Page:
I love the Christmas season. Yes, it’s hectic. I know, it’s cold. Yes, travel is a nightmare. Each of those issues may bring back a Christmas memory you’d rather not recall.
Despite all that, I look forward to Christmas. Always have. As a young child it meant a trip to my grandparent’s house in Indiana each year. We’d usually stay for a week with the rest of the extended family crammed into the house. My sister and I camped out on air mattresses in my grandfather’s study.
I don’t know how my grandparents did it, especially my grandmother. Cooking for 15 plus people for the week must have been exhausting. In fact, from our sleeping position in the study, my sister and I could see the light of her bedroom and the kitchen click on early – EARLY – each morning. She always pulled it off though with the perfect mixture of meats, fruit salads and desserts that we all liked.
It was crowded in that house but for a young child, it was as close to nirvana as one could come. So many things happened during the week that were out of the routine. There were later bedtimes, watching endless TV (sports) with my uncles, playing in the snow outside and having a steady stream of board games going on the inside.
But what I remember more than anything – and what ended up touching my life the most to this day – was our annual gift exchange.
A Christmas Memory: Anatomy of a Gift Exchange
I’m sure you’ve been involved in some kind of gift exchange. Our process went something like this:
Each year (at the end of the Christmas holiday get together) the adults would draw names out of a hat. The person whose name you drew was recorded with my grandmother who would then write the name on a tiny slip of paper for you to keep (so you didn’t forget…unless you lost the paper…which happened all the time…but we never came up with a better system…go figure). You were responsible to buy presents for the person’s name you drew for the following Christmas.
Around October, grandma would write a letter to each family member and ask them to send her their Christmas list. You were supposed to come up with a list of 5-6 affordable items for the person to buy who drew your name. Once the lists were received by grandma, she would mark off the list the items her and grandpa would buy for you and then send the remaining list items to the assigned person. The lists would arrive before Thanksgiving, so there would be enough time to shop for gifts.
Whew! Talk about a lot of work to pull this off.
On Christmas day, the actual gift exchange took several hours to complete. We would hand out presents one by one and watch as each person opened their gift. What I remember most from those events was a lot of laughter (because my family likes to give joke gifts to people in addition to the normal gifts), a lot of smiles and hugs, and many expressions of thanks.
But the Christmas memories I recall the most were the expressions of joy on the faces of those who gave the gifts. That may seem a little backward to you. You would think the most joy comes from those who received the gift. After all, their Christmas present wish list was coming true.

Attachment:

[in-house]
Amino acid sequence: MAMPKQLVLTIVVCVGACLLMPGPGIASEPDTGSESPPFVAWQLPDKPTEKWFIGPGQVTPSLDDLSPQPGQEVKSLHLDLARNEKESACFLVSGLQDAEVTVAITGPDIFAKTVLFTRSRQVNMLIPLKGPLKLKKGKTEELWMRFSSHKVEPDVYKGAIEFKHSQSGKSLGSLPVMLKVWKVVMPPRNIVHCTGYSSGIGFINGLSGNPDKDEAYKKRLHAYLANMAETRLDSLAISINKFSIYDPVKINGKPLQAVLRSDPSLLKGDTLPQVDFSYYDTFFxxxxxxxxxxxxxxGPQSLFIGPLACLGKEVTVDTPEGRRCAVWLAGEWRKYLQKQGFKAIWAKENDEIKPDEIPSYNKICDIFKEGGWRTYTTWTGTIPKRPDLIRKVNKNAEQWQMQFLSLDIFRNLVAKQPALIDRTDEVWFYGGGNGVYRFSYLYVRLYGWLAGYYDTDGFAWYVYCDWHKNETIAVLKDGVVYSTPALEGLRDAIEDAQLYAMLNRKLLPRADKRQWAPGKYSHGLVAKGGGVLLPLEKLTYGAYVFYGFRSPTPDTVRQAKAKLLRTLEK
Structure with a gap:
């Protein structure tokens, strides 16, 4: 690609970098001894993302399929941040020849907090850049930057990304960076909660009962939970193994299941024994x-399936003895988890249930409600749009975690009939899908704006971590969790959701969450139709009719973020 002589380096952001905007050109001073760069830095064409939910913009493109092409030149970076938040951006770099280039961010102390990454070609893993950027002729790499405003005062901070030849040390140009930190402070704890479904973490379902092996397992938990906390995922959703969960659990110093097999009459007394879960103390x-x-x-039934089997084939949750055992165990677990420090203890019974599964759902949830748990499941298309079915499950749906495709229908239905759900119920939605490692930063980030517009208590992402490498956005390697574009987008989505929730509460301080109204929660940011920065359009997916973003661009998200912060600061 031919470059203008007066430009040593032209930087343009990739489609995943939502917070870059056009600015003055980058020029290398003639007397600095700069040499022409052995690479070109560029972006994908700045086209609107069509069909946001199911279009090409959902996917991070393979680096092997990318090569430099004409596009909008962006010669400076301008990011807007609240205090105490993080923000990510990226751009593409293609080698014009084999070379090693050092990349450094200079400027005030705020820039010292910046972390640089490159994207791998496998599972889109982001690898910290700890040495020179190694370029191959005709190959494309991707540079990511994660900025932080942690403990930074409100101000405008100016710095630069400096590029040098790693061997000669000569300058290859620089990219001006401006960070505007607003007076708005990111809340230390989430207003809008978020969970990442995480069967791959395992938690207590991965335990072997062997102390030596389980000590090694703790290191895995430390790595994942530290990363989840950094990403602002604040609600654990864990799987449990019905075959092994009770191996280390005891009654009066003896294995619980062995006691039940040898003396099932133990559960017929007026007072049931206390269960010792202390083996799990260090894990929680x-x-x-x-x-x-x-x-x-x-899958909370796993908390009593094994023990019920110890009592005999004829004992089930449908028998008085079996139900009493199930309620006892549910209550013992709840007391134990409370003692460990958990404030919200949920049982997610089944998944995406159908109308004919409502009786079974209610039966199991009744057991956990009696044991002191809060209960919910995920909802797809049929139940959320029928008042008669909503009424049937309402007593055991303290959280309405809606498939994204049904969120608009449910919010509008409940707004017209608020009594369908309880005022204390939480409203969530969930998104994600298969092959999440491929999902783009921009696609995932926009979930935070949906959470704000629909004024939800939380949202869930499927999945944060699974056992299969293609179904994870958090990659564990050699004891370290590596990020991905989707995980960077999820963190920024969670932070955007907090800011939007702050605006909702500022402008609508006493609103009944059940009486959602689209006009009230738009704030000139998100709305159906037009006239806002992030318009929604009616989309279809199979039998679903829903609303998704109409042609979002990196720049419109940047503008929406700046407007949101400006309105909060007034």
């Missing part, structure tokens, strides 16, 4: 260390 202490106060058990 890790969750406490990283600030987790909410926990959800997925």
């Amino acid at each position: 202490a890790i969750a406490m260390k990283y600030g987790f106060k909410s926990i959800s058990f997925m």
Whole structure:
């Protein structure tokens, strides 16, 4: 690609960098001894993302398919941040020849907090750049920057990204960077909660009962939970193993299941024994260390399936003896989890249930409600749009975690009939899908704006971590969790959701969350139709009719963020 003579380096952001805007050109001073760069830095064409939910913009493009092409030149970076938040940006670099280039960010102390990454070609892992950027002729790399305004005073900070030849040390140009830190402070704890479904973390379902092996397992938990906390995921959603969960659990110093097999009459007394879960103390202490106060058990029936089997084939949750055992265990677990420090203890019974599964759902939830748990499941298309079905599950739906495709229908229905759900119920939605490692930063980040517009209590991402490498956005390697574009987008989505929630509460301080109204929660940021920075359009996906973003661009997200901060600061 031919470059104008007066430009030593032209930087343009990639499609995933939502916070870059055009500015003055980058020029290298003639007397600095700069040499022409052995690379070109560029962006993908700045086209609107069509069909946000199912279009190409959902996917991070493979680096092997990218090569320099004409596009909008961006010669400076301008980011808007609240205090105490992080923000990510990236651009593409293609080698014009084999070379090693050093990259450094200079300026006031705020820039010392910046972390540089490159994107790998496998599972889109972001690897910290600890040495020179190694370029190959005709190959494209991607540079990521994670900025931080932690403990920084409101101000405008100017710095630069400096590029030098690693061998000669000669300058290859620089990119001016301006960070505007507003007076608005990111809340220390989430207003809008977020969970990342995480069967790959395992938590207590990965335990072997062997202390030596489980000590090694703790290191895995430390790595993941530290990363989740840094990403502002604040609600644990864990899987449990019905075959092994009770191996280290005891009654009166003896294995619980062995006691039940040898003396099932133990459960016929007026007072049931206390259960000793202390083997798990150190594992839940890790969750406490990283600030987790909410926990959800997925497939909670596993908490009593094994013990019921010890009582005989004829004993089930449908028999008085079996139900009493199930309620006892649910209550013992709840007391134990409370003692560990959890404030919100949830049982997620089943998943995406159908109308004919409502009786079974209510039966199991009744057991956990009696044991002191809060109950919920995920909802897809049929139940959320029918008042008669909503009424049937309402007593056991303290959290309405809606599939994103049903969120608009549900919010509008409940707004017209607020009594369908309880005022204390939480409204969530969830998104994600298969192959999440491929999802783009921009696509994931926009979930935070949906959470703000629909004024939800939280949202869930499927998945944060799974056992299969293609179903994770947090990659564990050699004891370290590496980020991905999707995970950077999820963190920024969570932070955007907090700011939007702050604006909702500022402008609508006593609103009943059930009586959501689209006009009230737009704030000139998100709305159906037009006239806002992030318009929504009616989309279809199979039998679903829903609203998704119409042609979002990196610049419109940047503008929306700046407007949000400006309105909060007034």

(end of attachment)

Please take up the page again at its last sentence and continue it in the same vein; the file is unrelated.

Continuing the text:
What was modeled for me in the small, Indiana home was that giving to others brought a deeper sense of satisfaction and personal reward than receiving from others. It’s something I’ve never forgotten to this day.
Giving is in Our DNA
Giving is a part of God’s nature. John 3:16 describes it this way to us when Jesus states that “…God so loved the world that He gave His only begotten son, that whoever believes in Him should not perish but have everlasting life.”
We see in this verse that God gave. He didn’t receive and He didn’t take. He gave something extremely valuable so that we would get the chance to have a relationship with Him.
I get the sense when I read the Bible that God didn’t do this because He had to but because he wanted to. It gave Him great joy to do this for us.
God has passed his giving nature on to the human race. The Bible says that the first person, Adam, was created in God’s image (Genesis 1:26). From that we can conclude that the physical, intellectual and emotional characteristics of God were passed on to us albeit in some diminished capacity.
In essence, we portray a small picture or reflection of who God is. And that includes the capacity to give.
The Bible is full of verses about giving. That’s why I end up writing about it so much here. Giving is not something we are forced to do. Rather, we are encouraged to give sacrificially, with pleasure, without favoritism, honestly and in wisdom. There are tremendous personal blessings that come to those who give in those ways.
Giving should be a year-round habit. But there is no greater time to do so than at Christmas. See who you can bless this holiday season. You may end up creating a Christmas memory – for them and for you – that you’ll never forget.
Questions for Discussion: What is a Christmas memory from your childhood that stands out? In what ways are you giving this Christmas? Do you have a story of how someone blessed you with a special gift?